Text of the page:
magnetic properties of alumina (aluminum oxide) and induced current

Thread Starter

neorules33

Joined Apr 9, 2009
8
So aluminum is non magnetic as is alumina.
One is a conductor and one is an insulator.

My question is if alumina is exposed to high magnetic fields (rotating specifically) will an eddy current and thus heat get introduced into the ceramic?

I am looking for a light weight stiff substrate for rapid positioning and speed control of a large ultra lightweight servo.
Regular PCB material would work but I was wondering about alumina ceramics due some requirements of the structure.

And I have considered Kevlar and other non metallic substrates but alumina is better at reflecting heat.
Thanks
JC
 

ian field

Joined Oct 27, 2012
6,543
So aluminum is non magnetic as is alumina.
One is a conductor and one is an insulator.

My question is if alumina is exposed to high magnetic fields (rotating specifically) will an eddy current and thus heat get introduced into the ceramic?

I am looking for a light weight stiff substrate for rapid positioning and speed control of a large ultra lightweight servo.
Regular PCB material would work but I was wondering about alumina ceramics due some requirements of the structure.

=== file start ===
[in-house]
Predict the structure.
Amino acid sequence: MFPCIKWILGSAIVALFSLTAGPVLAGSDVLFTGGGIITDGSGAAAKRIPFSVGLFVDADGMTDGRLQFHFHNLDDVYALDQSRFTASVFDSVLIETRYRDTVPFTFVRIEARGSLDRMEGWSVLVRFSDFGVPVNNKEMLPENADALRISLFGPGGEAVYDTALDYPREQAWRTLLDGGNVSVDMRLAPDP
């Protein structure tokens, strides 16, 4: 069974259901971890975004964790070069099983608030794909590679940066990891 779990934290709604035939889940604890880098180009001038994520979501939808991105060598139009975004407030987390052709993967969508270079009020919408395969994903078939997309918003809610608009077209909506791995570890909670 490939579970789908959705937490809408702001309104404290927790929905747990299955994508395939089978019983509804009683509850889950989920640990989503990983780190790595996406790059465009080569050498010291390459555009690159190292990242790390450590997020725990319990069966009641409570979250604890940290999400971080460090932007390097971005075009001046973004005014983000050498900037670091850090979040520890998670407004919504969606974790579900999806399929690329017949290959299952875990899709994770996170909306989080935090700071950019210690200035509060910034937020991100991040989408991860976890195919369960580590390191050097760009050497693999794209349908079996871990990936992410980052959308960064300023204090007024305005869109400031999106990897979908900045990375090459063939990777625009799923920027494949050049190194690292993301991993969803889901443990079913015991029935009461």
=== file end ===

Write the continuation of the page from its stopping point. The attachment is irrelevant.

And I have considered Kevlar and other non metallic substrates but alumina is better at reflecting heat.
Thanks
JC
Once or twice I've been known to clean the alumina insulator on spark plugs in the microwave.

Alumina is lossy enough at that frequency to glow red hot, the metal rod in the top insulator acts as a stub and picks up a fair bit of microwave energy. Sometimes a shower of sparks comes out the business end of badly fouled plugs - I assumed the voltage developed was sputtering the carbon deposits.
 

ian field

Joined Oct 27, 2012
6,543
No heat from eddy currents, so let rip with the rotating magnetic fields.

Not a good choice for high heat insulation. Good for high voltage


An informative advert
http://www.azom.com/article.aspx?ArticleID=4469
Spark plug alumina probably has closely specified thermal conductivity.

The heat grading of plugs is down to the design of the ceramic "nose insulator" - long and thin for hot plugs, short and stubby for cool plugs.
 
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